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Re: tough choices

From: Daniel Morgan <>
Date: Mon, 21 Jun 2004 13:40:43 -0700
Message-ID: <1087850468.524581@yasure>

Mark A wrote:

>>>Oh, I think 1,211.00 plus $311.00 per additional user is a lot less
>>>expensive than Oracle (even after any necessary extender is added on).

> And a
>>>lot less expensive than you thought.
>>If you do then answer this question ... how many "additional users" are
>>there on the World Wide Web?
>>If you were correct ... I'd think the written quote I have on my desk
>>would reflect it ... sad to say that is not the case. The difference
>>between the two quotes wouldn't buy me a week's worth a dinners at a
>>decent restaurant.
>>Daniel Morgan

> I think you missed the part where I explained that. There is a feature in
> DB2 which allows applications to share connections, so you can limit the
> number of simultaneous DB2 connections to 5 (5 are included in the
> $1,211.00) regardless of how many actual users are on the system connected
> to the application. In this situation, DB2 just reuses the same connection.

Everybody offers connection pooling. Oracle offers the same 5 user license for less ($149.00 per connected user for SE1 and $300 per connected user for SE).

You don't connect the WWW to a per-user license unless you are either crazy or in desparate need of legal counsel.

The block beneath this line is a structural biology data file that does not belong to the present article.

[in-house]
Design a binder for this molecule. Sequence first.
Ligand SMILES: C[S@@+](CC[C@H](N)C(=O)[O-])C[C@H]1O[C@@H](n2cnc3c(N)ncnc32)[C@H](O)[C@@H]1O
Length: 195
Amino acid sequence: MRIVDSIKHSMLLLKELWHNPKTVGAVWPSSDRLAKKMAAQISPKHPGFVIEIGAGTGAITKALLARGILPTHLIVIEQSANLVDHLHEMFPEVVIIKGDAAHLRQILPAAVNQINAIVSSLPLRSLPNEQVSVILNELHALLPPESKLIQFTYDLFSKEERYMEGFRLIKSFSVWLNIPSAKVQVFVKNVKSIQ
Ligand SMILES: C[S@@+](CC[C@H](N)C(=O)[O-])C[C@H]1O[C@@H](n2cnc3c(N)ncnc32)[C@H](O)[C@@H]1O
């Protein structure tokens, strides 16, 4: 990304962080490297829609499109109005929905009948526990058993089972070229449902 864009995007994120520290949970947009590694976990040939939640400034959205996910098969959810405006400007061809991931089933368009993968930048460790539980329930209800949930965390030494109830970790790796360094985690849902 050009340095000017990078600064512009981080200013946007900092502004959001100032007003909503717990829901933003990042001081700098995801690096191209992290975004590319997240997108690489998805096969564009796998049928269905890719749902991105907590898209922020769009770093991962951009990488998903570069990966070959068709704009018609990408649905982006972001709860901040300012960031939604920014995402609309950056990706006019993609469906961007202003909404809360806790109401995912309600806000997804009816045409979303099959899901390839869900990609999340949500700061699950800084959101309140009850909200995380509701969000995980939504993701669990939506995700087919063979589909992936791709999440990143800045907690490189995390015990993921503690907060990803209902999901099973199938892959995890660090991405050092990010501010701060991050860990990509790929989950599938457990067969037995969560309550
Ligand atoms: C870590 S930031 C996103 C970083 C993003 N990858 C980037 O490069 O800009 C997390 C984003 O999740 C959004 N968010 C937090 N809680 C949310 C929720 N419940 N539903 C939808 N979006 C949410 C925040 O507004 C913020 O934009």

> Any users over the 5 licenses that come with the $1,211.00 (or whatever
> number of extra licenses that are purchased) would just wait for a running
> DB2 process to finish and then execute.

This is a web application. 'Wait' would equate to 'bankruptcy'.

> If you want an unlimited number of connections, then you can purchase the
> DB2 Workstation Server Edition Unlimited Edition, which charges on a CPU
> basis (I don't have pricing for that) rather than number of simultaneous DB2
> connections.
> So be careful and don't confuse the number of users connected to an
> application and the number of simultaneous DB2 connections needed.

The sales reps from IBM know all of this. So do I. So does the person from purchasing assigned to this. In the end the difference between the pricing ... Oracle vs DB2 ... was inconsequential.

Daniel Morgan
(replace 'x' with a 'u' to reply)
Received on Mon Jun 21 2004 - 15:40:43 CDT

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